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Oct 12, 2017 3:50 AM
(1248 views)

Solved! Go to Solution.

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Oct 12, 2017 8:13 AM
(1987 views)

Solution

If you have the DOE data table, all you have to do, is to run the model, and under the red triangle in the output, select

Save Columns==>Save Predicted Formula

It will create a new column in your data table that has the predicted values in it.

Then all you have to do is to run the Contour Plot Platform

Graph==>Contour Plot

Jim

9 REPLIES

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Oct 12, 2017 8:13 AM
(1988 views)

If you have the DOE data table, all you have to do, is to run the model, and under the red triangle in the output, select

Save Columns==>Save Predicted Formula

It will create a new column in your data table that has the predicted values in it.

Then all you have to do is to run the Contour Plot Platform

Graph==>Contour Plot

Jim

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Oct 12, 2017 8:16 AM
(1221 views)

Ha, I guess I should have looked for replies before I hit post. :-)

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Oct 12, 2017 8:15 AM
(1222 views)

I am not 100% sure what you are trying to do, but if you save the prediction formula (red triangle -> Save Columns -> Save prediction formula) from a Fit Model that has two continuous inputs, you can then open the Contour Plot, under graph, and see predicted values across the whole design space.

An example script is attached.

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Oct 13, 2017 4:08 AM
(1202 views)

txnelson and ih

Thanks a lot for the inputs.

However, when I do this I get a contour plot where the contours are not smooth curves, but lines with "kinks".

That is why I tried using the contour profiler - but in contour profiler I can't make the mulitycolored contour "bands" - i.e where a contour map goes from a red band over yellow, green blue to purple if you do a chromatic contour color.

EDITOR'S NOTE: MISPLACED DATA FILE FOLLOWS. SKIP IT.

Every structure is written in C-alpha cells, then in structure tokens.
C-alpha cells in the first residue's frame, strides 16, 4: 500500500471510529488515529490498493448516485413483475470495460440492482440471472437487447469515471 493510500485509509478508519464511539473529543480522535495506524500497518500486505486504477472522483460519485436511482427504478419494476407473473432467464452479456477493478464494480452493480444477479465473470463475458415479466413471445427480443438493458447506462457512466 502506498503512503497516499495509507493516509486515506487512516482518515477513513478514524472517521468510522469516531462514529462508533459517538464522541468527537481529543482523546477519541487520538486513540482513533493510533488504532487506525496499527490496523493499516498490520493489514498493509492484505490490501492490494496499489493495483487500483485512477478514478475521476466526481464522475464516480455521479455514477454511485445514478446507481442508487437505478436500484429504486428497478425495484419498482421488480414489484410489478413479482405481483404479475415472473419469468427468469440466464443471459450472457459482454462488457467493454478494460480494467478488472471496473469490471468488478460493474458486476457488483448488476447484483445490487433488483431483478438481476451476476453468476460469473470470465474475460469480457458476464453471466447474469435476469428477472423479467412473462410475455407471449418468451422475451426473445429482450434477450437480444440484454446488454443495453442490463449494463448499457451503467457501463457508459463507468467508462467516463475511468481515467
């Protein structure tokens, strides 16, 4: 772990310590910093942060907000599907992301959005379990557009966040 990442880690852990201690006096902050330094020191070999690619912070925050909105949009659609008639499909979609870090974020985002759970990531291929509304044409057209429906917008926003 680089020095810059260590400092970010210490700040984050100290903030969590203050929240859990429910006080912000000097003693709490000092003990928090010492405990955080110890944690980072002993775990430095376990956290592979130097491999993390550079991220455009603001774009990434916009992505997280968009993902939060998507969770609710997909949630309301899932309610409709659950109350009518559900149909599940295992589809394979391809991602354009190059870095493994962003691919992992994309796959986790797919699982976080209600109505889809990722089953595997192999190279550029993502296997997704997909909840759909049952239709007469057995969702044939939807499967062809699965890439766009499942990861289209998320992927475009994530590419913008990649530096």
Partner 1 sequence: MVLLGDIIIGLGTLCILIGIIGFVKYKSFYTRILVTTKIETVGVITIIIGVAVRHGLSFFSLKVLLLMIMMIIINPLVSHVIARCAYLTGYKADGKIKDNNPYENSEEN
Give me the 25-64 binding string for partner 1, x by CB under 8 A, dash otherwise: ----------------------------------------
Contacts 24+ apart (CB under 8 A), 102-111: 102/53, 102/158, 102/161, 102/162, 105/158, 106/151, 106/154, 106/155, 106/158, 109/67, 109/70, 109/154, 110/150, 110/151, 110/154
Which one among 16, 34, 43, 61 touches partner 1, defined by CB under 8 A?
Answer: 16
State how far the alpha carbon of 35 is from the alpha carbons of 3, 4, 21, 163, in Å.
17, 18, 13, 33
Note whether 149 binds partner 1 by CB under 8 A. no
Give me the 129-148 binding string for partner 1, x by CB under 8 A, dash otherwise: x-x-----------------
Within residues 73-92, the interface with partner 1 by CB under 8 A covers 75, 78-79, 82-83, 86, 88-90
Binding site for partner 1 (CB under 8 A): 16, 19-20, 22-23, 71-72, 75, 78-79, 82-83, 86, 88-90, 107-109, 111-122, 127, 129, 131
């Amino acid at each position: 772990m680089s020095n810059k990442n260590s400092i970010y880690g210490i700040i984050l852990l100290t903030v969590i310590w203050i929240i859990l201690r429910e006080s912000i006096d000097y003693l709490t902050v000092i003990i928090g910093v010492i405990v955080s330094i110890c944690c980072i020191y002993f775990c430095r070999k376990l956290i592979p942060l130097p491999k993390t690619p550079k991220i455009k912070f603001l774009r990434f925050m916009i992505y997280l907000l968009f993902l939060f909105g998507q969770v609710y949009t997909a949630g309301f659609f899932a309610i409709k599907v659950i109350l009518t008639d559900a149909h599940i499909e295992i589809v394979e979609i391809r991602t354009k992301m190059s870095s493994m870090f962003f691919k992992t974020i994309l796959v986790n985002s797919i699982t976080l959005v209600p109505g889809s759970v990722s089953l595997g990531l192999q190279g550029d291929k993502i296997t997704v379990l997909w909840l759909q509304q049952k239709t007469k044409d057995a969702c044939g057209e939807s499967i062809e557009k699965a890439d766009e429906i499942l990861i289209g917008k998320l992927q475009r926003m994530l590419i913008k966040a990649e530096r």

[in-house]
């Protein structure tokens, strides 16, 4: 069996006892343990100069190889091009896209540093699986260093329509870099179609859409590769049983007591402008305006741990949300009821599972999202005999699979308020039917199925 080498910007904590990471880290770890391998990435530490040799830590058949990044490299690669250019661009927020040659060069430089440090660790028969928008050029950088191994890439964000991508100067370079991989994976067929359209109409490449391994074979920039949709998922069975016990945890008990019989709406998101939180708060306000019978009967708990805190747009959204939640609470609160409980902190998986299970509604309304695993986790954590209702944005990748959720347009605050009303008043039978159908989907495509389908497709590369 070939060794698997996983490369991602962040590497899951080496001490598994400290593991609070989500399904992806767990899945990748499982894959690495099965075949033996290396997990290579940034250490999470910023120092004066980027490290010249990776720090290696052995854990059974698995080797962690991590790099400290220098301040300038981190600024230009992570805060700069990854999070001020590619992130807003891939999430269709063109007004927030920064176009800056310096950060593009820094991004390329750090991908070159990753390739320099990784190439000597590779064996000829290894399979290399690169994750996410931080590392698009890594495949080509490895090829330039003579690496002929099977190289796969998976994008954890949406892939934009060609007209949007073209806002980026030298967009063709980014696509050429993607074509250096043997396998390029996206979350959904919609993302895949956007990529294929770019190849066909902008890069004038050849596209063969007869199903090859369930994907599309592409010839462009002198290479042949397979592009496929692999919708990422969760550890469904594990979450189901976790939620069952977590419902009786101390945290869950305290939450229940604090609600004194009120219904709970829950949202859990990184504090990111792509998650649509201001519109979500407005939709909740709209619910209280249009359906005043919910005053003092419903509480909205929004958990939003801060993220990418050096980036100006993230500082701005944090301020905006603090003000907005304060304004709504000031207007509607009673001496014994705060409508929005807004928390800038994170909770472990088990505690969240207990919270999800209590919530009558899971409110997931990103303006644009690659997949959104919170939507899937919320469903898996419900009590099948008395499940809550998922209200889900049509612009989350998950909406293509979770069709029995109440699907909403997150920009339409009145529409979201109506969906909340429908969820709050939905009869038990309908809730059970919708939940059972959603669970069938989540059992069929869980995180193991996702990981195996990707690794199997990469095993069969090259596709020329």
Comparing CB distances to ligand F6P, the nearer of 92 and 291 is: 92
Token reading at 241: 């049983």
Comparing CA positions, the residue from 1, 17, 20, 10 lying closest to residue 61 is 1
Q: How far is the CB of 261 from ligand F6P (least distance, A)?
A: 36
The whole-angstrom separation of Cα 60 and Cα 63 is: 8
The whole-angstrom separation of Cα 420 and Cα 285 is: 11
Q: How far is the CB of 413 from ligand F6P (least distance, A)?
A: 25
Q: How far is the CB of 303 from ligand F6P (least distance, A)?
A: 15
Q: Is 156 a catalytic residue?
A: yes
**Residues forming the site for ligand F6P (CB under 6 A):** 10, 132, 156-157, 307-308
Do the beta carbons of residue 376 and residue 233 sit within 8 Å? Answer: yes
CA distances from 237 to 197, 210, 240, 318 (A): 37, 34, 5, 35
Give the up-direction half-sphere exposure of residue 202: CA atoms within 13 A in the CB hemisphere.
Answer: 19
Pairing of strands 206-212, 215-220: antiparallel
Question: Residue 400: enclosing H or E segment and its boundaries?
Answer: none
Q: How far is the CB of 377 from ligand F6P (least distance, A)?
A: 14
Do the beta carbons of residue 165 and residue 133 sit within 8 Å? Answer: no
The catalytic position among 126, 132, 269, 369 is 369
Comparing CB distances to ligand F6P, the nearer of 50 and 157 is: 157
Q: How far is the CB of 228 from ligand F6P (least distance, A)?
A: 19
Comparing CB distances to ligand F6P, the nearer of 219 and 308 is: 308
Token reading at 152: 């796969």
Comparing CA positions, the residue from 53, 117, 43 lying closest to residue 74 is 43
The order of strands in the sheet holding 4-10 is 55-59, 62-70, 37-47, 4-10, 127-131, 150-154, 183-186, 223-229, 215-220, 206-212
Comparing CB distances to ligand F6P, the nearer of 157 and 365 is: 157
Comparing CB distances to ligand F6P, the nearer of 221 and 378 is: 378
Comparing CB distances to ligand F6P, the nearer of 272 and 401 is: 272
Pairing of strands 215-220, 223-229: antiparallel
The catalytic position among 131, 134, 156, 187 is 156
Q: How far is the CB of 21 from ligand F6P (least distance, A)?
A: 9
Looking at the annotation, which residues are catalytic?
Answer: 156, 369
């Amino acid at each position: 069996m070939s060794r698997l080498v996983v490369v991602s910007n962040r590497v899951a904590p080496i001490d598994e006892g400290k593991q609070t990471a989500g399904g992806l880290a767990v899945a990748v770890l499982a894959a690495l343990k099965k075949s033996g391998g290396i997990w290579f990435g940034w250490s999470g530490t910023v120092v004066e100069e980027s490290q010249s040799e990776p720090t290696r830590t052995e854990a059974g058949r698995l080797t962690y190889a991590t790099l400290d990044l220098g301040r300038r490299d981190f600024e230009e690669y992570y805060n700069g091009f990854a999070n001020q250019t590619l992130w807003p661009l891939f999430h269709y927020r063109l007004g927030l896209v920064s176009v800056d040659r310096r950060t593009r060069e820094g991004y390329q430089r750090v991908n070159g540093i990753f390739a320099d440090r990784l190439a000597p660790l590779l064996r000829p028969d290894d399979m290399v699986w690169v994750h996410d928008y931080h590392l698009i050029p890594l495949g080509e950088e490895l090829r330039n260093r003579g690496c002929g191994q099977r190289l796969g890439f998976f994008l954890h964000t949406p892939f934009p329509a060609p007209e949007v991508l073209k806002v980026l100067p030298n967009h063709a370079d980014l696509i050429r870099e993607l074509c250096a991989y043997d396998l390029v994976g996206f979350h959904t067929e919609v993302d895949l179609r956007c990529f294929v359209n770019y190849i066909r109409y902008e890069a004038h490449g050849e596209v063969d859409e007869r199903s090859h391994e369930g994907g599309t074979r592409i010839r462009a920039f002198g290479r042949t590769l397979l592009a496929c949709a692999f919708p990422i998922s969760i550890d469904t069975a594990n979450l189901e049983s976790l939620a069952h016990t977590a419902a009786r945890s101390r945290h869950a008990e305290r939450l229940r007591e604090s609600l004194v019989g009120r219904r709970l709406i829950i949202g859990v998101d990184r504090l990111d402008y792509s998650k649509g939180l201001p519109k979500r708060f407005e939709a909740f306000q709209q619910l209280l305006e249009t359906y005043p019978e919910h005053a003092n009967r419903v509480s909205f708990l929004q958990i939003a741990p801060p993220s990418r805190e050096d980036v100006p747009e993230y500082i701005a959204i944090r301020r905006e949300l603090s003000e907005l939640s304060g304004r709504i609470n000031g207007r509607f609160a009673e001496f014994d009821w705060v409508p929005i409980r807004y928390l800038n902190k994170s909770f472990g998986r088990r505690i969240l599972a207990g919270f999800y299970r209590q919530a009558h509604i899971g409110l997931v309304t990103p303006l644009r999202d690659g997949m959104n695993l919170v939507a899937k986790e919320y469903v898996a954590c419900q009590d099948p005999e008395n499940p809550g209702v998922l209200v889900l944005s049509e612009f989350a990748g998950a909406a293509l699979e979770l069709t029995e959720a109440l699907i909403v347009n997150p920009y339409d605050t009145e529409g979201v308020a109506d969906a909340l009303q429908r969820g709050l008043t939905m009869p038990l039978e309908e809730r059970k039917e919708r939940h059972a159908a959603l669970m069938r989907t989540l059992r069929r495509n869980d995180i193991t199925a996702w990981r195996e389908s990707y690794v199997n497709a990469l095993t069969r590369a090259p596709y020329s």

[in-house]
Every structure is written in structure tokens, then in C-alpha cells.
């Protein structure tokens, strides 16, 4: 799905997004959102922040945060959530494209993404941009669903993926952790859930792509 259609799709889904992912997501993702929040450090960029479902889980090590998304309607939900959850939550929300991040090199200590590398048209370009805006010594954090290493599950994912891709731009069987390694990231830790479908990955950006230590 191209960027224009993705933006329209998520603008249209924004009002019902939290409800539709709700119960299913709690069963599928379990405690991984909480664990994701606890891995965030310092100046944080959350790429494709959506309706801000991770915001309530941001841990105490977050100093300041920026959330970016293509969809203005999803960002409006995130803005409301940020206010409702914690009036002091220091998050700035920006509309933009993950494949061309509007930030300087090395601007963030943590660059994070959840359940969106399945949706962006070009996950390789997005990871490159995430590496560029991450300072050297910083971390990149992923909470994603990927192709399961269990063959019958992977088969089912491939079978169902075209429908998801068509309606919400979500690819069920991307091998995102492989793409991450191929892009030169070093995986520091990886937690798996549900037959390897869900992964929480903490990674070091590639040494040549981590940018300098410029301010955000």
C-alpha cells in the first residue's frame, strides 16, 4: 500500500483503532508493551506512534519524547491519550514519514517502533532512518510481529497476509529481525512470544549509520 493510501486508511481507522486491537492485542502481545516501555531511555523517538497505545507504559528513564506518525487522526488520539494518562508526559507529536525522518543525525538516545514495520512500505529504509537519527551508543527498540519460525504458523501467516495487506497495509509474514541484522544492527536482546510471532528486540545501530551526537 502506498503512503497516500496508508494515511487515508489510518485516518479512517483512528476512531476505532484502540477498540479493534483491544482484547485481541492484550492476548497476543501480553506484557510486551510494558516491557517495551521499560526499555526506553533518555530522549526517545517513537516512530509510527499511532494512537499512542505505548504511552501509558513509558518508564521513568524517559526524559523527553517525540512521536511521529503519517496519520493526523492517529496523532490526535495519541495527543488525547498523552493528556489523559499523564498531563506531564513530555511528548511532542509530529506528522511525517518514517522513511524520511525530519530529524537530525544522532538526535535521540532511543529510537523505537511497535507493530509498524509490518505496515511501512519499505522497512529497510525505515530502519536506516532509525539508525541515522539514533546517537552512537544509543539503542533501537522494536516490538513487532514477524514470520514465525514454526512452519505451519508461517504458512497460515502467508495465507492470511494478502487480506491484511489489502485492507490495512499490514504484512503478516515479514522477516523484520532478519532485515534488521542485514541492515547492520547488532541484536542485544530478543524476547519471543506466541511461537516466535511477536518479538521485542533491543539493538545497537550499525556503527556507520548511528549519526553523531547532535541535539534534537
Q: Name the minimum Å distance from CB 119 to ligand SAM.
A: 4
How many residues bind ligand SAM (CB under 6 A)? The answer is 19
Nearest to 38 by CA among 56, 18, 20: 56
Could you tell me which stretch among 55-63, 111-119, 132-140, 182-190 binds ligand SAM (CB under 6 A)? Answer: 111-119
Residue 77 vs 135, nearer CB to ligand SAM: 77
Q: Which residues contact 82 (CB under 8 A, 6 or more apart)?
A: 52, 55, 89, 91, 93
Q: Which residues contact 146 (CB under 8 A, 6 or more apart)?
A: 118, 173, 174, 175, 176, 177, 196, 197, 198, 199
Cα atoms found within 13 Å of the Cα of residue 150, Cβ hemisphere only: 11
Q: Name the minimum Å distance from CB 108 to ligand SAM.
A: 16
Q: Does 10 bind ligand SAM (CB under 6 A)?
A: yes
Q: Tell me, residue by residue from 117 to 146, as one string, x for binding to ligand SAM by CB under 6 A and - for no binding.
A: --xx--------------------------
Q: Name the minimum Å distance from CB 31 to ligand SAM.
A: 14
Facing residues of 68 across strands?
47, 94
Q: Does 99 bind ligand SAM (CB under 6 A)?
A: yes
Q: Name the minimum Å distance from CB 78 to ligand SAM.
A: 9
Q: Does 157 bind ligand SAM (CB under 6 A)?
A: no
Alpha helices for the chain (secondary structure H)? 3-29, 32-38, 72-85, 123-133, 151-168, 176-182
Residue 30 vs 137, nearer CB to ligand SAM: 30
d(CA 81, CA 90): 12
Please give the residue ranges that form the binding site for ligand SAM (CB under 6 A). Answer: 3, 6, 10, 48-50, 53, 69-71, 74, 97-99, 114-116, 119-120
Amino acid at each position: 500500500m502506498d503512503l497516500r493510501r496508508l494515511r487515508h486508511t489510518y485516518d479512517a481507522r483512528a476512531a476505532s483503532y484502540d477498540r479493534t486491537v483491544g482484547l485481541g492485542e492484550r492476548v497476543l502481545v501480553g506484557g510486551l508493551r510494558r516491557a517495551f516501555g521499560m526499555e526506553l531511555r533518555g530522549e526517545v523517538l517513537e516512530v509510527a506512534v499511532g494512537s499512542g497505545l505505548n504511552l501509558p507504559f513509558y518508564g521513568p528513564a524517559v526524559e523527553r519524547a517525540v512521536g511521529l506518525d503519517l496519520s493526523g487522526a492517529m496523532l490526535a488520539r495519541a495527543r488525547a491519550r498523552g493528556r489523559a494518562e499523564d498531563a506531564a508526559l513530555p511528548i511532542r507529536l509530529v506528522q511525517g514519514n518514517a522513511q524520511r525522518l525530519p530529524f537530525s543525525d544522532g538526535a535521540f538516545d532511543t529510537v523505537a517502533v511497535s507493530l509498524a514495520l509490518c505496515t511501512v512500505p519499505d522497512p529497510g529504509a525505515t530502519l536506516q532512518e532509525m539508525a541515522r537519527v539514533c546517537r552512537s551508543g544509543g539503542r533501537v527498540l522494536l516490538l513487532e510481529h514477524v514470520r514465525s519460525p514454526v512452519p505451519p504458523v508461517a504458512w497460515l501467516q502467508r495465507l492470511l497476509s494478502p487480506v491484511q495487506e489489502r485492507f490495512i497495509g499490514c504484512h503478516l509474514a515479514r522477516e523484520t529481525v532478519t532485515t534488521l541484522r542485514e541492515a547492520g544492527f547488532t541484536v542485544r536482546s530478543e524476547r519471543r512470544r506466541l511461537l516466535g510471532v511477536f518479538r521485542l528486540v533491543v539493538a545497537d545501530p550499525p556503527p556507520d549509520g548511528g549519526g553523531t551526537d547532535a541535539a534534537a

I am looking for a contour map where I can read the predicted response value off the map. Since the Contour Plot has "lines with kinks" and not "smooth curves", the contours can't be following the prediction formula.

Instead, I plot some predicted values (thank for help with that !) but then the Contour plot just lays a poor approximation of contours over it.

Does this make sense ?

br Ken

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Oct 13, 2017 4:13 AM
(1200 views)

Your "Kinky" plot is due to the small number of data points. All you have to do to smooth out the plot is to generate more data points between the max and min values for your X1 and X2 columns. The prediction column will automatically generate the Y values, since it is a formula based upon the X1 and X2 column.

Jim

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Oct 13, 2017 4:20 AM
(1198 views)

He he, I tried to avoid the term kinky ;-)

Do you have any easy way to generate a lot more X values ?

Or do I have to enter manually ?

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Oct 13, 2017 4:36 AM
(1192 views)

Here is a simple script that will create a new data table and will generate whatever range of X1 and X2 values you want.

```
Names Default To Here( 1 );
dt = New Table( "More Points", New Column( "X1" ), New Column( "X2" ) );
// Change the desired min and max for the X1
For( X1Vals = .1, X1Vals <= 2, X1Vals = X1Vals + .1,
// Change the desired min and max for the X2
For( X2Vals = .1, X2Vals <= 2, X2Vals = X2Vals + .1,
dt << Add Rows( 1 );
dt:X1[N Rows( dt )] = X1Vals;
dt:X2[N Rows( dt )] = X2Vals;
)
);
// Now manually add your Y column and paste in the formula
// into the column
```

Or if you just want to add more rows to your current data table, the script below is just a very simple change to the above script

```
Names Default To Here( 1 );
dt = Current Data Table();
// Change the desired min and max for the X1
For( X1Vals = .1, X1Vals <= 2, X1Vals = X1Vals + .1,
// Change the desired min and max for the X2
For( X2Vals = .1, X2Vals <= 2, X2Vals = X2Vals + .1,
dt << Add Rows( 1 );
dt:X1[N Rows( dt )] = X1Vals;
dt:X2[N Rows( dt )] = X2Vals;
)
);
```

Jim

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Oct 13, 2017 5:29 AM
(1182 views)

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Oct 13, 2017 7:28 AM
(1168 views)

Thanks ih and Jim !

The contour plot "expansion" illustrated by ih helps me a lot - then I don't need to generate a lot of extra points.

Thanks again for the help !

br Ken